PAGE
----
History of the Supreme Court
A Brief Visual Timeline
Explore the history and growth of the Court from 1849 to today.
The Court is Established as Part of the California Constitution
In September 1849, 48 delegates assembled at Colton Hall in Monterey to draft the state’s first Constitution, which was completed in six weeks. Article VI of the new Constitution, covering the judicial branch, provided for a Supreme Court consisting of a Chief Justice and two associate justices.
California Joins the Union and the Court’s First Convening
On March 4, 1850, the court convened for the first time in the Graham House, a former hotel on the northeast corner of Kearny Street and Pacific Avenue. It was housed there when California officially joined the Union in September 1850.Image
The Court’s Structure and Scope is Expanded
The California judiciary was reorganized in 1862 to meet the needs of a growing state. Article VI of the California Constitution was amended to expand the categories of cases the court could hear and to increase the number of Supreme Court justices from three to five. Terms of office were increased from 6 to 10 years.
As California Grows, So Does the Court, Again
The Supreme Court had been expanded again. It was now to consist of a Chief Justice and six associate justices, and terms of office were increased from 10 to 12 years. The categories of cases that The Supreme Court of California the court was authorized to hear were once again augmented, and all opinions were required to be in writing.Image
Courts of Appeal Are Established as the Court’s Mandate Evolves
In 1904, three Courts of Appeal were created and the commissioners were eliminated. The new courts were to handle all appeals in the “ordinary current of cases,” leaving appeals in the “great and important” cases to the Supreme Court.
The Judicial Council of California is Established
A 1926 amendment to article VI of the Constitution established the Judicial Council of California, chaired by the Chief Justice. The Council’s mandate is to improve the administration of justice and to enact rules of court practice and procedure. The following year, another constitutional amendment created the State Bar, a public corporation to which all attorneys practicing in California must belong.Image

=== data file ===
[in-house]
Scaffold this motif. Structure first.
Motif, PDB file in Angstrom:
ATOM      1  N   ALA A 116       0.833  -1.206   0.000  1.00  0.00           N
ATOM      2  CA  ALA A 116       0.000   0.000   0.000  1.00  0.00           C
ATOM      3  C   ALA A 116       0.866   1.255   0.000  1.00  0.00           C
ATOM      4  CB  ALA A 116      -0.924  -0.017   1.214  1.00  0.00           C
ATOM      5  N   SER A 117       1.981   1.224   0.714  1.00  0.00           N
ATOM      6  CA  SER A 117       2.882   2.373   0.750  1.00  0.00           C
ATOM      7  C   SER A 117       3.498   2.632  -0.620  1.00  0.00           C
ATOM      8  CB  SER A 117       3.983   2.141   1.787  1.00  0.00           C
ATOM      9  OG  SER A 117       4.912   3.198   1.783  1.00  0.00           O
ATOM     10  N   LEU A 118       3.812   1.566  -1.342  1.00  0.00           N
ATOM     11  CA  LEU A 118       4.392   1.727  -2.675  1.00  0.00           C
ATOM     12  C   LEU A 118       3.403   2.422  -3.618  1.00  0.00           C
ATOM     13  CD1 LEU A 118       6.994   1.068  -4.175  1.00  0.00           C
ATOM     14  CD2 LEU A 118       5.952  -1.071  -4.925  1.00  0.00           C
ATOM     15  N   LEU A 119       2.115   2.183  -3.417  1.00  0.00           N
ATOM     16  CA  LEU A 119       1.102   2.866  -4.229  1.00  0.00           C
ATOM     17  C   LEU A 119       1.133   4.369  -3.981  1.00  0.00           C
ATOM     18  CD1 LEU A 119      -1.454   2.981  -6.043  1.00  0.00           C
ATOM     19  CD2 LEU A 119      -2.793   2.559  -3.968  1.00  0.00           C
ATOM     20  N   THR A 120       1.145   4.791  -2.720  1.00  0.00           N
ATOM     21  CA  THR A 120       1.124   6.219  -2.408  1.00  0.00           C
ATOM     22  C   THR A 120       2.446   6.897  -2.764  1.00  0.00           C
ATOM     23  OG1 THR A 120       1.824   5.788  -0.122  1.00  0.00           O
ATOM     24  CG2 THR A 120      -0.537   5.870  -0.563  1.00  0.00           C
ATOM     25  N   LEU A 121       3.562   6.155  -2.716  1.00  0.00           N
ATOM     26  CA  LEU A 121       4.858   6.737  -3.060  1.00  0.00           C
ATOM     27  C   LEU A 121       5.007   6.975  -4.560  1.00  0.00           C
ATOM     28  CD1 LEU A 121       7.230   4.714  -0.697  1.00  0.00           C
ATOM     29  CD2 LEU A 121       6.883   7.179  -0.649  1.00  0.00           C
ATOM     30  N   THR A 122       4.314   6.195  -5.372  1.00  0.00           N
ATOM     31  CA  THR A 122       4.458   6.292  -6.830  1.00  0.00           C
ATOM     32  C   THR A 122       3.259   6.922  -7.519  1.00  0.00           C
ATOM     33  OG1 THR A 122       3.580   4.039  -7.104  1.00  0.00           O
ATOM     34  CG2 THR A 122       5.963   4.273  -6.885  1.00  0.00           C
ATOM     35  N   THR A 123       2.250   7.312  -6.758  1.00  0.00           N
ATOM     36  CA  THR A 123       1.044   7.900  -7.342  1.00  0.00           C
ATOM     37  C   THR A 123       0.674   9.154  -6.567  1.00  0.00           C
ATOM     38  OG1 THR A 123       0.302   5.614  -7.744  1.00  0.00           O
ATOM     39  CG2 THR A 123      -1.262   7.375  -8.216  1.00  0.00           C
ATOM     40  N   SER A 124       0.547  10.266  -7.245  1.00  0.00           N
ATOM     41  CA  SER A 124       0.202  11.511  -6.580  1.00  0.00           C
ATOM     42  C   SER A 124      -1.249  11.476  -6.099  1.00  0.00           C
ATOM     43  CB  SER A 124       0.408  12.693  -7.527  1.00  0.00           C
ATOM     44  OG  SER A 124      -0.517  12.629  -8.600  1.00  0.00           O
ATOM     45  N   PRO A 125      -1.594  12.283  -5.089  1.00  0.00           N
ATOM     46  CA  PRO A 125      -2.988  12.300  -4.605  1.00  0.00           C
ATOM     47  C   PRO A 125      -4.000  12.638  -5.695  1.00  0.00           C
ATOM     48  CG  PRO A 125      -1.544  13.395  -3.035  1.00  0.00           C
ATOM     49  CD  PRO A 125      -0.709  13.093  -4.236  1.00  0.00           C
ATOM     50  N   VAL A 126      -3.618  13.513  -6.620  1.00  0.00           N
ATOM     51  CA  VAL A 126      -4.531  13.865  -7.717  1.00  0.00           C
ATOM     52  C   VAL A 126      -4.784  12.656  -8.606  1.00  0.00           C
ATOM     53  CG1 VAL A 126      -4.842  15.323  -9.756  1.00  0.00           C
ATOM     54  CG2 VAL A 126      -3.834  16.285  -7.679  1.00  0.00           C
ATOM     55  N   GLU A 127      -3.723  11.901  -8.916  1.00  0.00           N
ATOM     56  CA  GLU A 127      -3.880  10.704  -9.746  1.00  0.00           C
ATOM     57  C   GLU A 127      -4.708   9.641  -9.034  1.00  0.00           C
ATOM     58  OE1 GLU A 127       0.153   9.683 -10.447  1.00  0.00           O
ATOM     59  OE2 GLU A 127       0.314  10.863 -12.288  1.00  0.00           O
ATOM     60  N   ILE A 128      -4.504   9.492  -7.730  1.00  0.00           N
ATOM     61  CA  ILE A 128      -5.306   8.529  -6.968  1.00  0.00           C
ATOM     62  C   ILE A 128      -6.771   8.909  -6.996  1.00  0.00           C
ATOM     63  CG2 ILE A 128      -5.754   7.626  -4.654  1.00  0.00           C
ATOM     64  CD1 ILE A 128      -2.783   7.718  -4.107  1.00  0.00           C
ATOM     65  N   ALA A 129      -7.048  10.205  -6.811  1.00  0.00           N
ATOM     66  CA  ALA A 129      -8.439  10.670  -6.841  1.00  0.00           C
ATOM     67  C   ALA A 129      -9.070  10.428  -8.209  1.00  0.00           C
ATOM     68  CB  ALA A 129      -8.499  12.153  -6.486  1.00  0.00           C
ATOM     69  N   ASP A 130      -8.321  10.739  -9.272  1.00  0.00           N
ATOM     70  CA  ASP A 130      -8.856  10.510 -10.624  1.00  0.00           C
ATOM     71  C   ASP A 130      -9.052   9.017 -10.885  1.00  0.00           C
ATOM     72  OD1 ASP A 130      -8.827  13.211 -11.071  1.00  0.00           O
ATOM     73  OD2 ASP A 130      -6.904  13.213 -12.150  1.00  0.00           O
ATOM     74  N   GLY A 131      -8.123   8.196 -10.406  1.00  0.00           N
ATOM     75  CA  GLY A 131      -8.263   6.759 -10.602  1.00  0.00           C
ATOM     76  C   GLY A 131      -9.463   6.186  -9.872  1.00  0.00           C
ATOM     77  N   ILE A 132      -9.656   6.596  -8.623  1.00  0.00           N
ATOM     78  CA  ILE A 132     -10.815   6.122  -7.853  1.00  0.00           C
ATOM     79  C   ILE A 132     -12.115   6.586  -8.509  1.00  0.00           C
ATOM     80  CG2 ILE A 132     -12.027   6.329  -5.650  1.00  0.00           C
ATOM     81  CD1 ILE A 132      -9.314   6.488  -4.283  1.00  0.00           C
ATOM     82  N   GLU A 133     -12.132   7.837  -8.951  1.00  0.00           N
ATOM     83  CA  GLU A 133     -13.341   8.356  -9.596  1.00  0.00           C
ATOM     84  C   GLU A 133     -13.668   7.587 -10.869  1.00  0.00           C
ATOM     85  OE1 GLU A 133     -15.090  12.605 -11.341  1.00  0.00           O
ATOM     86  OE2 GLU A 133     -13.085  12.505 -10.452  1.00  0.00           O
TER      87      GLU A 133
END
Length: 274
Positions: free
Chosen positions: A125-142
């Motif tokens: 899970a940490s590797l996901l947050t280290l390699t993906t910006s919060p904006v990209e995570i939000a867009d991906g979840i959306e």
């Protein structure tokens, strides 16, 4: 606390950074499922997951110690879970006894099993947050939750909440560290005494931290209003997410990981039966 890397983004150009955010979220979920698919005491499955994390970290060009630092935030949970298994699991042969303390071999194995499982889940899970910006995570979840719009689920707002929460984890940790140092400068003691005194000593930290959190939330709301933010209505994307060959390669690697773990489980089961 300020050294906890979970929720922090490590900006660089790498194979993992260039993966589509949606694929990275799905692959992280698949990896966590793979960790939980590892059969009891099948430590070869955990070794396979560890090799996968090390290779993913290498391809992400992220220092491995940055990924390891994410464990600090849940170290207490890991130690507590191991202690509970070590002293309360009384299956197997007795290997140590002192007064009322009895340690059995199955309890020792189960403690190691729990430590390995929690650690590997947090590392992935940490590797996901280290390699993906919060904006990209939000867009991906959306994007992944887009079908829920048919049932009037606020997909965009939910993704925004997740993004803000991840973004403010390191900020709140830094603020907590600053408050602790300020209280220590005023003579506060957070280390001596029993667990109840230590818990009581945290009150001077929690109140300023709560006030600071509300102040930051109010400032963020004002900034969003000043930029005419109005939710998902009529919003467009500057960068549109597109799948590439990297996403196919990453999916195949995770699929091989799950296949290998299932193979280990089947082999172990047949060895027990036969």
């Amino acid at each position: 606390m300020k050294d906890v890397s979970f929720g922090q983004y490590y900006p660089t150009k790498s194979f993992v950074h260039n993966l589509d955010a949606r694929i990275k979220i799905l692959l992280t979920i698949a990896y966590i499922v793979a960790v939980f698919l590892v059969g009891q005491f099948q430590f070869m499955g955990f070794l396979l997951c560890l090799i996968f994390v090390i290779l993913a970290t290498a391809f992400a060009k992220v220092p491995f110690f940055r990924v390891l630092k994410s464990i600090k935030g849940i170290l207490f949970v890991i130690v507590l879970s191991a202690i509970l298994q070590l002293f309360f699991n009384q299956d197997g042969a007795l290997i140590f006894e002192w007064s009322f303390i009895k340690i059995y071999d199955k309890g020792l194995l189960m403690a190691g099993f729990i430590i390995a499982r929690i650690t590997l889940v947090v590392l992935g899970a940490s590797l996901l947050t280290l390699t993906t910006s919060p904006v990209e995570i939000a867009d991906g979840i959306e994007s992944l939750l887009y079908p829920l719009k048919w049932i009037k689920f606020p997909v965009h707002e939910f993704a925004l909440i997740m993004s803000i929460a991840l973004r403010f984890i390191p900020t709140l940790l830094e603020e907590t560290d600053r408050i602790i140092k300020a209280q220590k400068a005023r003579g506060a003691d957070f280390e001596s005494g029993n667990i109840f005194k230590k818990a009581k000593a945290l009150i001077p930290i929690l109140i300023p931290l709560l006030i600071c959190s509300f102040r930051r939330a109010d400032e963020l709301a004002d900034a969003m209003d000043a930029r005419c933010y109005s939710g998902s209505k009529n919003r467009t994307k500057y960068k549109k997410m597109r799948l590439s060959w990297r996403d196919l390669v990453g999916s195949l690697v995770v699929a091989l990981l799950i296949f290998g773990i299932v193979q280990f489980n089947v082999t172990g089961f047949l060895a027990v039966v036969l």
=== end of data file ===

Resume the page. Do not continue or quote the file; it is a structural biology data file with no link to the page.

Appointment and Election Processes Are Reorganized
In 1934 uncontested judicial elections were adopted for the appellate courts, including the Supreme Court. Under this system, the Governor, subject to confirmation by the Commission on Judicial Appointments, fills vacancies in the appellate courts by appointment. At the next general election, voters decide whether the appointees should be confirmed to fill their predecessors’ unexpired terms and whether justices whose terms will expire should be elected to new full terms.
The People Vote to Unify the County / Superior Courts
In 1998 the California voters amended the Constitution to allow each county’s trial judges to unify their courts into a single countywide Superior Court system. Until then, separate municipal courts in each county had handled the less serious matters, such as misdemeanors, infractions, and minor civil cases. All 58 counties subsequently consolidated their municipal courts with their respective Superior Courts. Through all this change, the Supreme Court continues to hear cases that make their way from these Superior (or "trial") courts via the six Courts of Appeal.